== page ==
Health officials talk with New Yorkers about Legionnaires’ outbreak 

LENOX HILL, Manhattan — A public meeting was held in Lenox Hill Monday night to give residents an update on the Legionnaires' outbreak in their neighborhood.

There have been seven confirmed cases of legionnaires' disease in Lenox Hill, in Manhattan's Upper East Side this month, including a woman in her 90s who died.

The only thing those people had in common was geography, which led the Health Department to examine 116 cooling towers in the area, according to NYC Health Commissioner Dr. Mary Bassett. Additional cleaning was ordered for the towers.

"They didn't go to the same supermarket where water mist from vegetable sprays have been associated with Legionnaires. They didn't go to a specific health club," ," Bassett said. "They only shared this geography and that makes us think of cooling towers."

Of the six people sickened by Legionnaires, four have been released from the hospital and two are still being treated.

The first case was reported June 5 and the last was reported on June 14.

More than 100 people attended the public meeting at the Lenox Hill Neighborhood House, many wanting to know where exactly the outbreak occurred, but health officials say it can't be determined yet since test results aren't back.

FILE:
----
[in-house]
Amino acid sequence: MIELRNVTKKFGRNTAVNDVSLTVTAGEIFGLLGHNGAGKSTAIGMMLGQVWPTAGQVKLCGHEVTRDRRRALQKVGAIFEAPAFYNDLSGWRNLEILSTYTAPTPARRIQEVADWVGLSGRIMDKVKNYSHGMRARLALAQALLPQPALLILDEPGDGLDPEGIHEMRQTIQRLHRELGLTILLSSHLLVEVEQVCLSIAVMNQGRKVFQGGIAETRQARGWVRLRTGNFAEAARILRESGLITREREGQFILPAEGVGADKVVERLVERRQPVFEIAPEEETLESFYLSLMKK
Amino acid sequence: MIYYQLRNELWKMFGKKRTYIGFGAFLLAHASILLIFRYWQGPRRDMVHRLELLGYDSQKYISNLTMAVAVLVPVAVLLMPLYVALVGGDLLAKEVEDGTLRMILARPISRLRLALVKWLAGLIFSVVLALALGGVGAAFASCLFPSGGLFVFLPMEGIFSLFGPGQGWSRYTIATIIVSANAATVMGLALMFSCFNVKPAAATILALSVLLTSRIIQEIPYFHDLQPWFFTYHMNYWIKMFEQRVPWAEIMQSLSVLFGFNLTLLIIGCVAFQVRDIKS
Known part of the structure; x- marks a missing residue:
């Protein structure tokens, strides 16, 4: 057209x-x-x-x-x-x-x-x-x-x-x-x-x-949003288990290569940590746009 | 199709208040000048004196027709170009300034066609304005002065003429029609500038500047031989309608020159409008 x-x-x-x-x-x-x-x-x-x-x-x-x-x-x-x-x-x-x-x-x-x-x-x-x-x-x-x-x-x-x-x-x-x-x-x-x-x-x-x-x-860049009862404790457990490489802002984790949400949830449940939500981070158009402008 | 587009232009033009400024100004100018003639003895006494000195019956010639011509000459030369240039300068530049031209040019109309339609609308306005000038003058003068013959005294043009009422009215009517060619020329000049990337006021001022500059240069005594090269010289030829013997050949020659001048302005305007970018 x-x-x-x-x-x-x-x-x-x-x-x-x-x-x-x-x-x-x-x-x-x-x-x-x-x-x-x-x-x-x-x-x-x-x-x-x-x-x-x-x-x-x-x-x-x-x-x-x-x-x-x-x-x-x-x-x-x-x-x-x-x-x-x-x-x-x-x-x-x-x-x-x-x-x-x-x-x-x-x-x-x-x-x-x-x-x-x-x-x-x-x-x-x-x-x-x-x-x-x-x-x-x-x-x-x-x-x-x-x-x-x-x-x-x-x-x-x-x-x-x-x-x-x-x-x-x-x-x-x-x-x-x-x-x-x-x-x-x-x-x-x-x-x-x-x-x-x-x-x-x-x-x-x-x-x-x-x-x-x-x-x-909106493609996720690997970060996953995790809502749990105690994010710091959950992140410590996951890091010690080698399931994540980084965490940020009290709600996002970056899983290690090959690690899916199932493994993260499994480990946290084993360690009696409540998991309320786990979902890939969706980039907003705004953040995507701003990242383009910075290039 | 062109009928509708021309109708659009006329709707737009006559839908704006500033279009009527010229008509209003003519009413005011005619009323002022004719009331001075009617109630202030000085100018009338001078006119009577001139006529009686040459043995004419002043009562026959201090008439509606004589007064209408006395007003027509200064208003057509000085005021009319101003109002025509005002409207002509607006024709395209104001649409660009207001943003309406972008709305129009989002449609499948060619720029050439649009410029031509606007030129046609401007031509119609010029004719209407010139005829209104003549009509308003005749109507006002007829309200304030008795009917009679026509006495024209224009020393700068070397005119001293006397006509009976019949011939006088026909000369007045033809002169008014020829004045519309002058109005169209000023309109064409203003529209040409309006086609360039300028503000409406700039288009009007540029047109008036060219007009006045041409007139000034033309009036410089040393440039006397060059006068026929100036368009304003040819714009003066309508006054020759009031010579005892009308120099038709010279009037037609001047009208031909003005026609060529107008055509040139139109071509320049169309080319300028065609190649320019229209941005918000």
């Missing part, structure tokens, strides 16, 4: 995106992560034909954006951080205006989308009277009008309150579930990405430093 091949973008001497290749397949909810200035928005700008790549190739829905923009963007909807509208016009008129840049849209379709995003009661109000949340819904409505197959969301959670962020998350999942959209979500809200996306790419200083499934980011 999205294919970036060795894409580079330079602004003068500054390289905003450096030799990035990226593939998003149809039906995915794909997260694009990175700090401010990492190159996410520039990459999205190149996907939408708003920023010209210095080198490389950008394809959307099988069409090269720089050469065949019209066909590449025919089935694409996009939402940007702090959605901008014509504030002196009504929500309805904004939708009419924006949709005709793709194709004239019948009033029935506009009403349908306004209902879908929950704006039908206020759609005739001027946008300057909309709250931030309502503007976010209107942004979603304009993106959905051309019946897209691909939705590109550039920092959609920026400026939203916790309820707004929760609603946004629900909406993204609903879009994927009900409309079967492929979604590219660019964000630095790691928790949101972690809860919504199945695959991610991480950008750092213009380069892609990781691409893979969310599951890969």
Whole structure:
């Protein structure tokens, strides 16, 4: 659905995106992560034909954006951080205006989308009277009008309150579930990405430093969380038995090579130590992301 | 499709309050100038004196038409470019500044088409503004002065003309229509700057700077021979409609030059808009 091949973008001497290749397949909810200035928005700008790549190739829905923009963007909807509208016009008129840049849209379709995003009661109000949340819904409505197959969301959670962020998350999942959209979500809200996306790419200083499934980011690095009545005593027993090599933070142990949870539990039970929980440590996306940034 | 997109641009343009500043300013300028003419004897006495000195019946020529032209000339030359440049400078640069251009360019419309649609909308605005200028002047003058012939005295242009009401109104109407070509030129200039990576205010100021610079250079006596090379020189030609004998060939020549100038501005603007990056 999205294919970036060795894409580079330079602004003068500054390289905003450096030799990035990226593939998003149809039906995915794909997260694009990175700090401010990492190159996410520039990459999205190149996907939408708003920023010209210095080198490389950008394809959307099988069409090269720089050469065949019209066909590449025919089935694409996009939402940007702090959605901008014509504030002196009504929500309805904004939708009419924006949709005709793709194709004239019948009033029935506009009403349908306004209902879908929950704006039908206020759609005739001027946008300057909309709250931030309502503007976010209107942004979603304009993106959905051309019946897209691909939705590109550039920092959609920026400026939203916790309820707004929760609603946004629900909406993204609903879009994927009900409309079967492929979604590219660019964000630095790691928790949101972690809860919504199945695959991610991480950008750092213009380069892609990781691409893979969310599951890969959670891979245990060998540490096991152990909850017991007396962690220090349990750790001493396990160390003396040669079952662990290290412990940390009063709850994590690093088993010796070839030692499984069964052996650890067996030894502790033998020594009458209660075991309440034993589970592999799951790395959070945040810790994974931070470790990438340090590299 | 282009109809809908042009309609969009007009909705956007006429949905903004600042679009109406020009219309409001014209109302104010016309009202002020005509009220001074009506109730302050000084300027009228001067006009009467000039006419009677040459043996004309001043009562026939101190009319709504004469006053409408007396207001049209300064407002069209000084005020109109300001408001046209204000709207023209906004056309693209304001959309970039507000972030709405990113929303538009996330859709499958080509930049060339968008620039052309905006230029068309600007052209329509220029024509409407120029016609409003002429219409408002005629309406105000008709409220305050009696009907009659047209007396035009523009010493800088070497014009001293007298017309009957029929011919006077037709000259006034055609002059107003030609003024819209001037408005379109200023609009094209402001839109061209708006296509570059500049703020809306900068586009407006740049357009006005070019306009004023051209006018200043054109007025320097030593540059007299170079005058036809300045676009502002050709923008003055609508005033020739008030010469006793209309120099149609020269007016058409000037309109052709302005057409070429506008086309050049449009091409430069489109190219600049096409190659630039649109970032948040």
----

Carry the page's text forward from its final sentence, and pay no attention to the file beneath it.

"It's really important for people to understand this is not a contagious disease," Basset said. "It's caused by breathing in legionella by water mist that has been released into the air."

Legionnaire  is spread though water mist and water that passes through contaminated piping

Doctors say the disease is treatable with antibiotics. Groups at highest risk include those who are middle-aged and older, smokers and those with weakened immune systems.

Symptoms resemble the flu and include fever, body aches, chills, cough and headaches.

"If you have these symptoms and you're from this area or spent time here, this is not the time to blow them off," Bassett said. "This is the time to get yourself to the doctor."